CANBERRA, Australia (Radio Australia, Jan. 9) - With Vanuatu's tax haven sucking up around US$169 million each year, the Australian Tax Office (ATO) is up in arms.

The ATO claims Vanuatu is fourth on the list of countries believed responsible for concealing taxable income, which should have been claimed by Australia.

As a result, the ATO has made tax havens in Vanuatu one of its priority issues this year.

Radio Australia reports the use of tax havens is growing fast and the Internet is helping. It has made it easier to market products such as offshore credits and debit cards that are used by tax evaders to access to their hidden money.

According to the report, in the past, the main culprits using haven to avoid tax, were high wealthy individuals and big businesses.

David Cox, Australia's Shadow Revenue Minister says the problem is now much wider.

"The new development is that smaller tax payers, small businesses, individuals…I mean high wealthy individuals and in fact probably some very ordinary middle incomes are now getting involved in foreign tax haven as a means of tax avoidance and evasion," said Cox.

Cox says the Australian government is losing billions of dollars ever year from tax havens.

"Well the total flow of funds out of Australia during the last financial year was more than five billion dollars."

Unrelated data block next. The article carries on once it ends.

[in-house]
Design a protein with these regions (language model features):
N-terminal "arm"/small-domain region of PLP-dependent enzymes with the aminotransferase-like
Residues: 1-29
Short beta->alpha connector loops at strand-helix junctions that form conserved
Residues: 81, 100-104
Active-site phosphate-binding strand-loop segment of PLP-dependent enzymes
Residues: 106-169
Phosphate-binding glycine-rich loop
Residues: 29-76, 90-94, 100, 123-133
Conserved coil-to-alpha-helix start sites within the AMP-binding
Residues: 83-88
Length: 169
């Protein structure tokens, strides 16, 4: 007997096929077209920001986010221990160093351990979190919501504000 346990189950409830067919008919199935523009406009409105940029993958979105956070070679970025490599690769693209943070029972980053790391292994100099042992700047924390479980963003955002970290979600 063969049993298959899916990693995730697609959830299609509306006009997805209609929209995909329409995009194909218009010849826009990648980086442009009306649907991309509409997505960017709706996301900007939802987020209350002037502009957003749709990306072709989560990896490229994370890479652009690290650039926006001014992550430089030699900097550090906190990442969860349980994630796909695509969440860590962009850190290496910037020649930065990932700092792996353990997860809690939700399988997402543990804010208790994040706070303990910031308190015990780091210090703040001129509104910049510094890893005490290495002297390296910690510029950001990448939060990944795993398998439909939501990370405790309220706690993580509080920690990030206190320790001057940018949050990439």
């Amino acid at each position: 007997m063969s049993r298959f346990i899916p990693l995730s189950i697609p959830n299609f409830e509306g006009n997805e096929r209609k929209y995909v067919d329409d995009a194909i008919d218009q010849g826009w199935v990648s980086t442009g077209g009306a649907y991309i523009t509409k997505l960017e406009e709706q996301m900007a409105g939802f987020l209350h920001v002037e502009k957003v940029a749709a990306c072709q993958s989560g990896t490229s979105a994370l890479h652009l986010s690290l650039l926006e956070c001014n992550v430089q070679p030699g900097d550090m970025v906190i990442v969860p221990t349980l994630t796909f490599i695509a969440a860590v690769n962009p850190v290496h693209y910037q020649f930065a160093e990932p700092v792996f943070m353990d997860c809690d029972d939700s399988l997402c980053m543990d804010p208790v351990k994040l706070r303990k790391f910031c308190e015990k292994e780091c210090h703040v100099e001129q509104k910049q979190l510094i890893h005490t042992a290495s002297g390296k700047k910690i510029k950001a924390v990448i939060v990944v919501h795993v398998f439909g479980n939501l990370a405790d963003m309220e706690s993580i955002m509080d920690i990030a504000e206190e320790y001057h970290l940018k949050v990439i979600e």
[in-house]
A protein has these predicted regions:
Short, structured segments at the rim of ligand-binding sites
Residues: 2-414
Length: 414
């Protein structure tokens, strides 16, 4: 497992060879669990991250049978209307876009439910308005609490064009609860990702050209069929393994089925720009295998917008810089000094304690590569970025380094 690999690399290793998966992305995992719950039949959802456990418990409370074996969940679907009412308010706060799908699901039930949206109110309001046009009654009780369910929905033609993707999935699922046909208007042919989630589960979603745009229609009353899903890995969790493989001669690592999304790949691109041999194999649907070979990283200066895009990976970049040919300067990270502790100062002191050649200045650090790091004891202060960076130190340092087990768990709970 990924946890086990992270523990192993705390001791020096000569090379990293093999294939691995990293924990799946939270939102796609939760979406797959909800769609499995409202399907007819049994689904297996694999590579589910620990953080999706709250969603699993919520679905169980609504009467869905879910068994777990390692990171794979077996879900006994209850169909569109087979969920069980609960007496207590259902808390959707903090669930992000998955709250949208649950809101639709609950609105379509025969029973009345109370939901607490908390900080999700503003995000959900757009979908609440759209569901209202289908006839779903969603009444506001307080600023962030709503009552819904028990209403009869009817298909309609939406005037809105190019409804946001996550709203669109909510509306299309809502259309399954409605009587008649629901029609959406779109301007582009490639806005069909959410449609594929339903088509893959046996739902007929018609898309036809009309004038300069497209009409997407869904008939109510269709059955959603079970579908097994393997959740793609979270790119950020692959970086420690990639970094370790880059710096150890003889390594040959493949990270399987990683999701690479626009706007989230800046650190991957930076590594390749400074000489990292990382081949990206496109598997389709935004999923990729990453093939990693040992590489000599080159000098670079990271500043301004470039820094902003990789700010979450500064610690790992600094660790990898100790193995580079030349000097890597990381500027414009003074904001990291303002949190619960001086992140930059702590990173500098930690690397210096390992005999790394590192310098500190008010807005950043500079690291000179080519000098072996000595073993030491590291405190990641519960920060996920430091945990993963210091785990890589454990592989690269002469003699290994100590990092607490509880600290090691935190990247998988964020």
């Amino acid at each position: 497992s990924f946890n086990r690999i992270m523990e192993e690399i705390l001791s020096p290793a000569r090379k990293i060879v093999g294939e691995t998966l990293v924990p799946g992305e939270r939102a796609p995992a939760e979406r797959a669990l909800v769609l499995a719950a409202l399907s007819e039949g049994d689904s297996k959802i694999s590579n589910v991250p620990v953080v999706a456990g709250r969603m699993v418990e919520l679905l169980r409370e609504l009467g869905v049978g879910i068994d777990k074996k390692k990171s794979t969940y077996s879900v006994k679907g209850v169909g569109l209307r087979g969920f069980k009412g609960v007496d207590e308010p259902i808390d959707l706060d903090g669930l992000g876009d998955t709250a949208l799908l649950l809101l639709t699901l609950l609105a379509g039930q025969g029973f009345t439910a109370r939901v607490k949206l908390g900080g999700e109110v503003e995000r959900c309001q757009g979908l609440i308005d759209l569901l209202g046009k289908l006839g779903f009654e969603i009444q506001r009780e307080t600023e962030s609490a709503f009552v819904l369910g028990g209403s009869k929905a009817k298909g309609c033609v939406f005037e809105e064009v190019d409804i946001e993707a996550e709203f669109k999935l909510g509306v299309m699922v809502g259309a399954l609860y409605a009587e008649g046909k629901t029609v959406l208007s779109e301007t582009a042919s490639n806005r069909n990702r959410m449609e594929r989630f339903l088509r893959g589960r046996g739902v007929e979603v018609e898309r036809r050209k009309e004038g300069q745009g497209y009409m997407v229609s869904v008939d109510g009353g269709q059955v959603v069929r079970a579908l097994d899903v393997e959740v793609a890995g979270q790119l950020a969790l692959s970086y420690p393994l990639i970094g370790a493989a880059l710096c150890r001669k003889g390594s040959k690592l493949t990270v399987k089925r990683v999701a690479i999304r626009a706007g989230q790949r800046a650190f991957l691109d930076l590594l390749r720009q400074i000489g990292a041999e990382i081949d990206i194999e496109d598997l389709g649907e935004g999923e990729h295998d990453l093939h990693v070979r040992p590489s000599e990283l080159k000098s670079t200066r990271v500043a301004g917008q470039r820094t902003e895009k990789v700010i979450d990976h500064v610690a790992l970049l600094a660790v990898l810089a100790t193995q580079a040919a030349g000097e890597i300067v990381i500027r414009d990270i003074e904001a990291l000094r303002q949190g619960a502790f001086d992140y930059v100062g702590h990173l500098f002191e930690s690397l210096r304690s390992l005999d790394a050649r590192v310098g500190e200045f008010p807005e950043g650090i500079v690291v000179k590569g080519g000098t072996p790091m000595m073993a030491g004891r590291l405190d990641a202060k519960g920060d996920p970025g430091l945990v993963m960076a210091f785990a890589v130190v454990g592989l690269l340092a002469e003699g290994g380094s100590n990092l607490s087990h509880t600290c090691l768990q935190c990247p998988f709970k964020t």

"About half or more than half went to Bermuda. There are similar flows of funds now occurring. This has been the case during the past years and it is escalating," said Cox.

"I would say that is certainly the case that Australia’s revenue is being evaded and avoided hundreds of millions of dollars and probably billions of dollars a year."

Cox says the Labor Party has announced a crackdown on the use of havens and the Opposition will not let the issue dropped.

"We will be using the government to make sure that they are doing something about it."

He says government should do three basic moves in order to stop the culprits.

"The first thing is that, they should identify tax advisers who are marketing these sorts of arrangements. Second, they should be targeting the clients that involved in these special orders…government should find out the status of the problem and the nature of the actual arrangements, and third, is to legislate against the actual arrangements," concluded Cox.

January 9, 2003

For additional reports from Radio Australia, go to PACIFIC ISLANDS REPORT News/Information Links: Radio/TV News/Radio Australia.

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